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Originally published Friday, April 30, 2010 at 10:23 AM

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Goldman shares slide on criminal-probe concerns

Shares of Goldman Sachs Group Inc. tumbled Friday on concern that the government is launching a criminal investigation into some of the New York investment bank's mortgage securities deals.

The Associated Press

Shares of Goldman Sachs Group Inc. tumbled Friday on concern that the government is launching a criminal investigation into some of the New York investment bank's mortgage securities deals.

The worries hurt financial services industry shares. The Standard & Poors Financials sector index dropped about 2 percent in early afternoon trading, logging the worst performance of the 10 S&P industry groups.

The investigation by the U.S. attorney's office in Manhattan stems from a criminal referral by the Securities and Exchange Commission, a knowledgeable person said Thursday. The person spoke on condition of anonymity because the inquiry is in a preliminary phase.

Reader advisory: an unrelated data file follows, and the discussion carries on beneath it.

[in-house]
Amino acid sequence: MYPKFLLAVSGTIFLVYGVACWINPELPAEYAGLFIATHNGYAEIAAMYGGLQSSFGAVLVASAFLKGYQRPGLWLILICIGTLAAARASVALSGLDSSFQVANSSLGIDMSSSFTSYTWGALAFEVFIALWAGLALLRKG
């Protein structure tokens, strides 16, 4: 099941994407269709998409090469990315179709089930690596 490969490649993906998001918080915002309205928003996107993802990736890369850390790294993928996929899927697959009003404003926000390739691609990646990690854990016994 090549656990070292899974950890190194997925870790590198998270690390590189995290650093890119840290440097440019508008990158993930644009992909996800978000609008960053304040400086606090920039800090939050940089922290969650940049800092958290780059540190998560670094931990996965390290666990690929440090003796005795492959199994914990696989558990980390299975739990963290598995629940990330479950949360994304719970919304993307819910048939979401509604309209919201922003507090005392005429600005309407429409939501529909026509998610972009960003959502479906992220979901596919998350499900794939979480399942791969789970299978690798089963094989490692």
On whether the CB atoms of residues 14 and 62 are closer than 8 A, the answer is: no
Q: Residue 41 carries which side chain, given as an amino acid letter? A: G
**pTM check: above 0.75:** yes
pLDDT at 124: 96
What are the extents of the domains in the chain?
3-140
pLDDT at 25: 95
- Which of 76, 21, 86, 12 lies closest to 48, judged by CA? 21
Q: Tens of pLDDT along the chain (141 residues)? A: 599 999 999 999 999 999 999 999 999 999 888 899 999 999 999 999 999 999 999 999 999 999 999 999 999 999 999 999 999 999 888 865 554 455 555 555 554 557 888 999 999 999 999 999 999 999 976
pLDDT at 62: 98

Standard & Poor's Equity Research analyst Matthew Albrecht, on Friday, cut his investment recommendation on Goldman shares to "Sell" from "Hold" and lowered his price target price by $40 to $140. The shares have fallen more than 20 percent since the SEC said it was charging Goldman.

"Though traditionally difficult to prove, we think the risk of a formal securities fraud charge, on top of the SEC fraud charge and pending legislation to reshape the financial industry, further muddies Goldman's outlook," Albrecht wrote.

Word of the Justice Department action came a day after a group of 62 House lawmakers, including Judiciary Committee Chairman John Conyers, D-Mich., called for a criminal probe of Goldman.

The investigation is in addition to the ongoing civil fraud case brought by the Securities and Exchange Commission alleging that Goldman misled investors by failing to tell them the subprime mortgage securities had been chosen with help from a Goldman hedge fund client that was betting the investments would fail. Goldman has denied wrongdoing and said it will contest the allegations in court.

SEC spokesman John Nester declined any comment on the matter, as did Yusill Scribner, a spokeswoman for the U.S. attorney's office in Manhattan. A Goldman spokesman said that given the recent focus on the firm, it's not surprised by the report of an inquiry and that it would cooperate fully with any request for information.

Goldman shares fell $15.18 or 9.5 percent, to $145.06, in Friday afternoon trading.

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